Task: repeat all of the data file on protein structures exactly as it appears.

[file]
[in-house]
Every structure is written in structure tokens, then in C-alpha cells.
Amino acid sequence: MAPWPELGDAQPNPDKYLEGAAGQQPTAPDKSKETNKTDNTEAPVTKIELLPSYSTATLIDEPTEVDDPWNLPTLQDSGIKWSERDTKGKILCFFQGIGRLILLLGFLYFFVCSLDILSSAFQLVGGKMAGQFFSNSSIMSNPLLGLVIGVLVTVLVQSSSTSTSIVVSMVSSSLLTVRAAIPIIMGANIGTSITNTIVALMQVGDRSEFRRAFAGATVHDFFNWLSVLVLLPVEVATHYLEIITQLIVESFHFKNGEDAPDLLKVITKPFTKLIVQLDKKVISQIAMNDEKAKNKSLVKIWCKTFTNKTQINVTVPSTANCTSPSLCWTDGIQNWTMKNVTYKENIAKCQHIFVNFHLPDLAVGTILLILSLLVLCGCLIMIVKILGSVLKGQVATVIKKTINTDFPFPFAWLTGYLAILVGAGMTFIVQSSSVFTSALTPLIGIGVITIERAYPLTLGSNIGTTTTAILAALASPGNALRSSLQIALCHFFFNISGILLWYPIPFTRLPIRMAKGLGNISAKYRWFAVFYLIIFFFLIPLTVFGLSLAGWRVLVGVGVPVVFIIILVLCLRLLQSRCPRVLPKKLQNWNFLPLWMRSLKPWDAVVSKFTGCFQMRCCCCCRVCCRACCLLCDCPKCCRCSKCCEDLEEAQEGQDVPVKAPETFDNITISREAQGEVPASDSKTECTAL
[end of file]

[in-house]
Every structure is written in structure tokens, then in C-alpha cells.
Amino acid sequence: MAPWPELGDAQPNPDKYLEGAAGQQPTAPDKSKETNKTDNTEAPVTKIELLPSYSTATLIDEPTEVDDPWNLPTLQDSGIKWSERDTKGKILCFFQGIGRLILLLGFLYFFVCSLDILSSAFQLVGGKMAGQFFSNSSIMSNPLLGLVIGVLVTVLVQSSSTSTSIVVSMVSSSLLTVRAAIPIIMGANIGTSITNTIVALMQVGDRSEFRRAFAGATVHDFFNWLSVLVLLPVEVATHYLEIITQLIVESFHFKNGEDAPDLLKVITKPFTKLIVQLDKKVISQIAMNDEKAKNKSLVKIWCKTFTNKTQINVTVPSTANCTSPSLCWTDGIQNWTMKNVTYKENIAKCQHIFVNFHLPDLAVGTILLILSLLVLCGCLIMIVKILGSVLKGQVATVIKKTINTDFPFPFAWLTGYLAILVGAGMTFIVQSSSVFTSALTPLIGIGVITIERAYPLTLGSNIGTTTTAILAALASPGNALRSSLQIALCHFFFNISGILLWYPIPFTRLPIRMAKGLGNISAKYRWFAVFYLIIFFFLIPLTVFGLSLAGWRVLVGVGVPVVFIIILVLCLRLLQSRCPRVLPKKLQNWNFLPLWMRSLKPWDAVVSKFTGCFQMRCCCCCRVCCRACCLLCDCPKCCRCSKCCEDLEEAQEGQDVPVKAPETFDNITISREAQGEVPASDSKTECTAL